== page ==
Sure Signs You Have Fibromyalgia Like Lady Gaga
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In 2017, Lady Gaga shared on Twitter that she has fibromyalgia and “wished to raise awareness” for the debilitating condition. Since then she’s rescheduled tours due to the severe nerve pain she suffers from fibromyalgia and revealed to Vogue, “I get so irritated with people who don’t believe fibromyalgia is real,” the singer said. “For me, and I think for many others, it’s really a cyclone of anxiety, depression, PTSD, trauma, and panic disorder, all of which sends the nervous system into overdrive, and then you have nerve pain as a result.” And she’s not alone.
According to the Centers for Disease Control and Prevention, fibromyalgia affects roughly four million American adults–an estimated 2 percent of the U.S. population. At times, it can be hard to diagnose because its symptoms mimic other diseases. Fibromyalgia is a chronic condition that causes sleep problems and widespread pain throughout the body that can severely interrupt a person’s daily activities and lifestyle.
What Causes Fibromyalgia?
Dr. Jacob Hascalovici, the Chief Medical Officer with Clearing, a telehealth platform for chronic pain patients says, “Some people who develop fibromyalgia may have experienced a physically or emotionally traumatic event. For others, fibromyalgia may appear without any discernible ‘trigger’ event. Previous infections appear to increase the risk of developing fibromyalgia, and the risk may also be higher when the body becomes very sensitized to pain and to have to deal with pain triggers and memories of pain.”
Board-certified internist Dr. Jacob Teitelbaum, MD, bestselling author of From Fatigued to Fantastic! says, “CFS, and its painful cousin fibromyalgia (CFS/FMS), represents an energy crisis that trips a key circuit breaker in the brain called the hypothalamus. This controls sleep, hormones, and autonomic function, so the circuit breaker going off-line causes widespread dysfunction and is often crippling. Anything that causes people to spend more energy than they can make (including viral and other infections, including COVID) can trip the hypothalamic circuit breaker and trigger CFS/FMS.”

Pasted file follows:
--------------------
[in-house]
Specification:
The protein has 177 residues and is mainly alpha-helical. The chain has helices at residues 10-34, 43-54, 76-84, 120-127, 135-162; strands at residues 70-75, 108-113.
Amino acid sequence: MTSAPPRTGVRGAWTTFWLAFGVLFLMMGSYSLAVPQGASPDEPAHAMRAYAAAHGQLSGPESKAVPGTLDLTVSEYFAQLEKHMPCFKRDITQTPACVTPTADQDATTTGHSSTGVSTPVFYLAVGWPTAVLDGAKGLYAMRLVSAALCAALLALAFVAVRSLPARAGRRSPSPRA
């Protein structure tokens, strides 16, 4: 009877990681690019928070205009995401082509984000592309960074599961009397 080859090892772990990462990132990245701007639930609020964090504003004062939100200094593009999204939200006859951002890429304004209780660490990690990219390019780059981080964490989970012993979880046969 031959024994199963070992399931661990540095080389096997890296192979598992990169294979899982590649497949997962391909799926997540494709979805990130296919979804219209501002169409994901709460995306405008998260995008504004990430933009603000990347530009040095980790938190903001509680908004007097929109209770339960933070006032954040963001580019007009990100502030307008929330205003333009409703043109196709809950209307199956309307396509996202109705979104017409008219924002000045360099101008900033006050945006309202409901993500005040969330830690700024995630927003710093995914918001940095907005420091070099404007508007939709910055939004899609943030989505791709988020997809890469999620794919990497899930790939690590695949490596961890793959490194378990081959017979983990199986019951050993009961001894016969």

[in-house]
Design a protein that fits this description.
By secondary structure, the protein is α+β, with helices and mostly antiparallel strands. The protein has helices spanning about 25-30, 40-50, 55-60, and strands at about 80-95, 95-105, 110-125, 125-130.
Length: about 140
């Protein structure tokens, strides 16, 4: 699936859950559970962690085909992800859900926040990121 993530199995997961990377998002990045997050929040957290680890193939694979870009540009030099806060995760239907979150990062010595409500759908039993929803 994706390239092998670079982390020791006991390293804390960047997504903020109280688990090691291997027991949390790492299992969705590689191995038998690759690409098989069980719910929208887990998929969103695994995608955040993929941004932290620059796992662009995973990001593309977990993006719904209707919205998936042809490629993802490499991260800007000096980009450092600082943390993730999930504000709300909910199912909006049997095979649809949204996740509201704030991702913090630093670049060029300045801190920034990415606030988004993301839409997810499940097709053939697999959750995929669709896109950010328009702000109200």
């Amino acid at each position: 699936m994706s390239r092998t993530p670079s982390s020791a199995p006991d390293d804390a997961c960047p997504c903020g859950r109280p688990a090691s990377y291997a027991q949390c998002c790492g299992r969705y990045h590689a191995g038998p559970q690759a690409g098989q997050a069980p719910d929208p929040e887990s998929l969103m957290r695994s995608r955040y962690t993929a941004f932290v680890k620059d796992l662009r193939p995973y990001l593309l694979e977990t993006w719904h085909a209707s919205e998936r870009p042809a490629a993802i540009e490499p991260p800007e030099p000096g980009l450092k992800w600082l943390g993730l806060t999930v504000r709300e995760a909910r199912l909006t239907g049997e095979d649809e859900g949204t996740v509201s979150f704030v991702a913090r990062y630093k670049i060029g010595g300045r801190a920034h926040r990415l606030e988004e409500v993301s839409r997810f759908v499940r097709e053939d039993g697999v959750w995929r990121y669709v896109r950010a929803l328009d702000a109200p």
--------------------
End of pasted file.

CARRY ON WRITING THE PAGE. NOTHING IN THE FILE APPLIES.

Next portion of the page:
Dr. Andrew Neville, ND, one of the top experts in fibromyalgia and Adrenal Fatigue explains, “Ultimately, it’s a dysfunction of the Stress Response System, and it starts in the adrenals. Cortisol, your main stress hormone, serves as your body’s primary anti-inflammatory function. Your adrenal glands produce that cortisol. If the adrenals are taxed, and you cannot produce adequate anti-inflammatory cortisol, you will be overly inflamed. Inflammation causes pain.
Chronic inflammation also acts as additional biochemical stress, which perpetuates the entire body’s dysfunction and causes it to over-perceive its environment. This is called ‘Central Sensitization.’ If this continues to occur over time, it develops into chronic pain and/or chronic fatigue for others. This is often diagnosed as Fibromyalgia.”
Megan Anderson, APN Nurse Practitioner at The California Center for Functional Medicine says, “A lot of newer research has shown that many of the symptoms in fibromyalgia syndrome (FMS) are caused by antibodies that increase the activity of pain-sensing nerves throughout the body. The results show that fibromyalgia is a disease of the immune system, rather than the currently held view that it originates in the brain.
One study published in the Journal of Clinical Investigation demonstrated that the increased pain sensitivity, muscle weakness, reduced movement, and reduced number of small nerve fibers in the skin that are typical of FMS, are all a consequence of patient antibodies. From a functional medicine lens, we tend to view it as a syndrome that falls somewhere along the autoimmune spectrum and likely has multiple triggers, and therefore multiple ways to potentially address it.”
Widespread Muscular Pain for Three Months or More
“Fibromyalgia is characterized by widespread musculoskeletal pain, so you might have fibromyalgia if you’re suffering from widespread muscular pain,” says Dr. Hascalovici.
Dr. Teitelbaum says, “Most of you have likely noticed that after a workout, when energy levels in the muscles are low, your muscles go tight rather than loose and limp. This is because it takes more energy to relax a muscle than to contract it. The energy crisis in fibromyalgia causes chronic muscle shortening and secondary widespread pain. When the muscle pain becomes long-term, it triggers secondary brain pain (called central sensitization and nerve pain.”
Gita Castallian, MPH Public Health Analyst at The California Center for Functional Medicine states, “The main sign of fibromyalgia is pain and tenderness in muscles and joints throughout the body, often ranging and roaming over time. This is an indicator of fibromyalgia when the pain lasts for three months or longer and typically becomes chronic. It is often described as a constant, dull, and widespread ache and often worsens after too much activity, poor sleep, not enough exercise, stress, and weather changes. Some people with fibromyalgia describe the pain as stabbing, shooting, throbbing or aching.”